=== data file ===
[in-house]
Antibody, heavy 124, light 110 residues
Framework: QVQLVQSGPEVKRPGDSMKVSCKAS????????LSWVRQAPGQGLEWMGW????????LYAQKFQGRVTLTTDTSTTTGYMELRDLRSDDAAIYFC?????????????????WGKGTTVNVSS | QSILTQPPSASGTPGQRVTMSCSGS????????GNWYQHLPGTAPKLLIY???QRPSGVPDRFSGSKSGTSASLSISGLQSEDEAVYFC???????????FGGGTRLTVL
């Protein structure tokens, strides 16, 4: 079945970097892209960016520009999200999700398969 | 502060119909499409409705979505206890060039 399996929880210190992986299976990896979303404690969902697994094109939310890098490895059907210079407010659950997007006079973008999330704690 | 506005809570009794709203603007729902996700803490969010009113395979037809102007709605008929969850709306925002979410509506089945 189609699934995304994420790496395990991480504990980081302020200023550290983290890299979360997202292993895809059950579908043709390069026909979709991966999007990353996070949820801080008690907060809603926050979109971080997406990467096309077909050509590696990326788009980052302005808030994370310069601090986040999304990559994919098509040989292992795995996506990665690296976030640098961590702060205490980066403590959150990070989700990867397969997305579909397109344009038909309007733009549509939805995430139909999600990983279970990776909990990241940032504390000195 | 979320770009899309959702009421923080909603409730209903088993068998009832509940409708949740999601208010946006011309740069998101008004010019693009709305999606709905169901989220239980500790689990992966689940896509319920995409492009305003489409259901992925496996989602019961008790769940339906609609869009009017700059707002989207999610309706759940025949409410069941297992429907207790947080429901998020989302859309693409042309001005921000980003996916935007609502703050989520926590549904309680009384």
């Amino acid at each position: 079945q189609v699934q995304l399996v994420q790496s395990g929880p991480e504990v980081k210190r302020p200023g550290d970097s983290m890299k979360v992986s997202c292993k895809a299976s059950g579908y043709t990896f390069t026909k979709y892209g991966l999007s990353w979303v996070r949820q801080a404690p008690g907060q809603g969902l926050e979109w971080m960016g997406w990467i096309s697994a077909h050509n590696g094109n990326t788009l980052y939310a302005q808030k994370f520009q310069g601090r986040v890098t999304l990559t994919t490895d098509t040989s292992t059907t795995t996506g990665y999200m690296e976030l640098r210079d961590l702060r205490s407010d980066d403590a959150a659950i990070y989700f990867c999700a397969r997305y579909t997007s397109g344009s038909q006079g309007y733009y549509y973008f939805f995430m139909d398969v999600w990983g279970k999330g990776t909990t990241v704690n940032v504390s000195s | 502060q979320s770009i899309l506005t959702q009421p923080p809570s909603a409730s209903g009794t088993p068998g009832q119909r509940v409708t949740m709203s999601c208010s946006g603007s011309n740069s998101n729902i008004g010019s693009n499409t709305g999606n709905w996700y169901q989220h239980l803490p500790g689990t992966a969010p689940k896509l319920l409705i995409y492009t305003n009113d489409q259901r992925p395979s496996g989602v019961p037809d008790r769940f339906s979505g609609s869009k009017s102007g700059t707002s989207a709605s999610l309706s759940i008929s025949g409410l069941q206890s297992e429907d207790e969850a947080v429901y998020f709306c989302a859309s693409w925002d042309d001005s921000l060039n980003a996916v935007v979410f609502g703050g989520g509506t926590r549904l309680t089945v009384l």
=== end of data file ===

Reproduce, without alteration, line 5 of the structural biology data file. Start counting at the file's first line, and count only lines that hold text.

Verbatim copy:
């Amino acid at each position: 079945q189609v699934q995304l399996v994420q790496s395990g929880p991480e504990v980081k210190r302020p200023g550290d970097s983290m890299k979360v992986s997202c292993k895809a299976s059950g579908y043709t990896f390069t026909k979709y892209g991966l999007s990353w979303v996070r949820q801080a404690p008690g907060q809603g969902l926050e979109w971080m960016g997406w990467i096309s697994a077909h050509n590696g094109n990326t788009l980052y939310a302005q808030k994370f520009q310069g601090r986040v890098t999304l990559t994919t490895d098509t040989s292992t059907t795995t996506g990665y999200m690296e976030l640098r210079d961590l702060r205490s407010d980066d403590a959150a659950i990070y989700f990867c999700a397969r997305y579909t997007s397109g344009s038909q006079g309007y733009y549509y973008f939805f995430m139909d398969v999600w990983g279970k999330g990776t909990t990241v704690n940032v504390s000195s | 502060q979320s770009i899309l506005t959702q009421p923080p809570s909603a409730s209903g009794t088993p068998g009832q119909r509940v409708t949740m709203s999601c208010s946006g603007s011309n740069s998101n729902i008004g010019s693009n499409t709305g999606n709905w996700y169901q989220h239980l803490p500790g689990t992966a969010p689940k896509l319920l409705i995409y492009t305003n009113d489409q259901r992925p395979s496996g989602v019961p037809d008790r769940f339906s979505g609609s869009k009017s102007g700059t707002s989207a709605s999610l309706s759940i008929s025949g409410l069941q206890s297992e429907d207790e969850a947080v429901y998020f709306c989302a859309s693409w925002d042309d001005s921000l060039n980003a996916v935007v979410f609502g703050g989520g509506t926590r549904l309680t089945v009384l």